Man of the moment Nicolas Jaar continues to exhibit his deft usage of space and noise on this heart-wrenching remix of "Fail Forever," the new single by Danish outfit When Saints Go Machine. (We've previously posted the original song and a remix by burgeoning techno outfit dOP, too.) The Brooklyn-based producer spends the first quarter or so of his track tweaking poignant harp plucks before gradually adding a few more sparse elements; steel drums, bass, violins, down-pitched vocals, and a soft, kick-clap rhythm make up just about the whole of it. Obviously, Jaar relies heavily on restraint and subtlety when composing his music, and here, he transforms what was more or less a navel-gazing dance-pop song into a sort of otherworldly lament, one sung by celestial beings who've since found themselves lost in a bleak, unfamiliar reality. (via FACT)
One half of Brooklyn/Chicago duo Dark Party, producer Leo123 will soon release Ponies, a new EP on Eliot Lipp's Old Tacoma label (pictured above). We have the title track here, a sort of mission statement in the form of acid-y synth tones, smooth pad stabs, and angular electro (proper electro, mind you) rhythms that sets the tone for the remainder of the producer's five-song affair. "Ponies" is certainly a production informed by the whole array of dance music hubs—Chicago, Miami, NY, and London—and an early '80s aesthetic, but Leo123 still uses those touchstones to look forward, into a bright future where Afrika Bambaataa, Egyptian Lover, and Mantronix still rule the stereo in your neon-decaled Delorean. You can hear more of what that future could hold, and preview the Ponies EP, here, or score your own copy when it drops on March 1.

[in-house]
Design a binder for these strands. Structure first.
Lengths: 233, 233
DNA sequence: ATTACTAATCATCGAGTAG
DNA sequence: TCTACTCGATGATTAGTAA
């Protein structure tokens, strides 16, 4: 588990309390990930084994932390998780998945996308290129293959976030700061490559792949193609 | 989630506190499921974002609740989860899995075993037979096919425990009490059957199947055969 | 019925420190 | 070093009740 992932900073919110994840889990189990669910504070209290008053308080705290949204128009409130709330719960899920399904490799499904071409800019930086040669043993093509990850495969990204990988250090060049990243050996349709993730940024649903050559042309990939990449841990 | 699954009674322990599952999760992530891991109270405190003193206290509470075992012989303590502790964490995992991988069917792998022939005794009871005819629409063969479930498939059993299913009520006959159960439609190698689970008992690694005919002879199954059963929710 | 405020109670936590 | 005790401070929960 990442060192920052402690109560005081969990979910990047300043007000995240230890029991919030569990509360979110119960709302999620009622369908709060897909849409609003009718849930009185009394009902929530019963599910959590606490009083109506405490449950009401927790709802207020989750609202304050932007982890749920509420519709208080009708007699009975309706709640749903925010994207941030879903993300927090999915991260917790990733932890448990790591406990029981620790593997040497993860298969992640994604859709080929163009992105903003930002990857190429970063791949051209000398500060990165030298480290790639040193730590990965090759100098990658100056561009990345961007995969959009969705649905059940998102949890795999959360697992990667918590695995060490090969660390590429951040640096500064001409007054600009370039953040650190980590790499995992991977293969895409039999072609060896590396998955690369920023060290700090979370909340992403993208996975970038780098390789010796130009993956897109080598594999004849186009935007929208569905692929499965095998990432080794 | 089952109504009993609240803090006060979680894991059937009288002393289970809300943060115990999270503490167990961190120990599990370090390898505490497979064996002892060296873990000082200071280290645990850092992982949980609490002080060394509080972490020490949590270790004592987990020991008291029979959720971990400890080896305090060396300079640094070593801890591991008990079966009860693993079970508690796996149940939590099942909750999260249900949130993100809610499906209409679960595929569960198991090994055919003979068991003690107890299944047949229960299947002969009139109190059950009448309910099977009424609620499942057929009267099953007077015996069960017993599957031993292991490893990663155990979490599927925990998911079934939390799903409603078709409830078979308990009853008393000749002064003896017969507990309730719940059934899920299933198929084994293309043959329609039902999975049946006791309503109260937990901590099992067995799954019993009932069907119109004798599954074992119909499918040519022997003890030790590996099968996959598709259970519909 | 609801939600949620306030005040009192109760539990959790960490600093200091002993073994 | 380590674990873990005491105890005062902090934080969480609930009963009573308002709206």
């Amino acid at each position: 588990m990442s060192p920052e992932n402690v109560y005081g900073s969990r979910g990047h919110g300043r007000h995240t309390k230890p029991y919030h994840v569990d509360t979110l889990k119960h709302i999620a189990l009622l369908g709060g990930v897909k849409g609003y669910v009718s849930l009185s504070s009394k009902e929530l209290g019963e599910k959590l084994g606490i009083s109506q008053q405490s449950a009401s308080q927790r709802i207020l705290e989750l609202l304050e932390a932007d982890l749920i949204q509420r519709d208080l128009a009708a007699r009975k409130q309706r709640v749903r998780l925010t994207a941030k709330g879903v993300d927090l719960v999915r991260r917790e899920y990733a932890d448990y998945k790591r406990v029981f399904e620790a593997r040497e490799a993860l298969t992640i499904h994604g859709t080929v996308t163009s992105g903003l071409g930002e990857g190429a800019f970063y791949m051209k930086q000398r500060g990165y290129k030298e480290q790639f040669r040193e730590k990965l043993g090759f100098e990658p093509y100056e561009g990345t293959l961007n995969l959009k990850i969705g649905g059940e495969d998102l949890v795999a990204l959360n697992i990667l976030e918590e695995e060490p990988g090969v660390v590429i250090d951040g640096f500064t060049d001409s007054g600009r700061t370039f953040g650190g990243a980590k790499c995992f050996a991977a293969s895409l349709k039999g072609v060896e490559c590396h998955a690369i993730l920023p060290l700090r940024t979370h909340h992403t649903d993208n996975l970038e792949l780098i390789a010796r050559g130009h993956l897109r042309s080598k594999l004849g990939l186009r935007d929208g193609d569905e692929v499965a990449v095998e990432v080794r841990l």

The title "World Music (Dub)" can bring with it some rather groan-inducing connotations, but don't be scared away, as this track from DC duo Protect-U is not some lame world-fusion track. Did you really think we'd do that to you? With its slow-moving, methodical beat and hazy, bubbling synths, it seems the only world this song might call home is one that exists inside a decades-old arcade game that can only be played at half speed. In contrast to the more noise-oriented ambient outings that seem to be popping up everywhere, "World Music (Dub)" explores the more melodic possibilities of instrumental synth music, building the track around one main melody that sluggishly moves as far-off sounds blast and gurgle in the background. The much more uptempo a-side to the dub can be found on Protect-U's recently released 'World Music" 12" (artwork above) along with the track "U-Uno," a song for which director Aurora Halal has crafted an enchantingly psychedelic video. Check it out after the jump. Read more »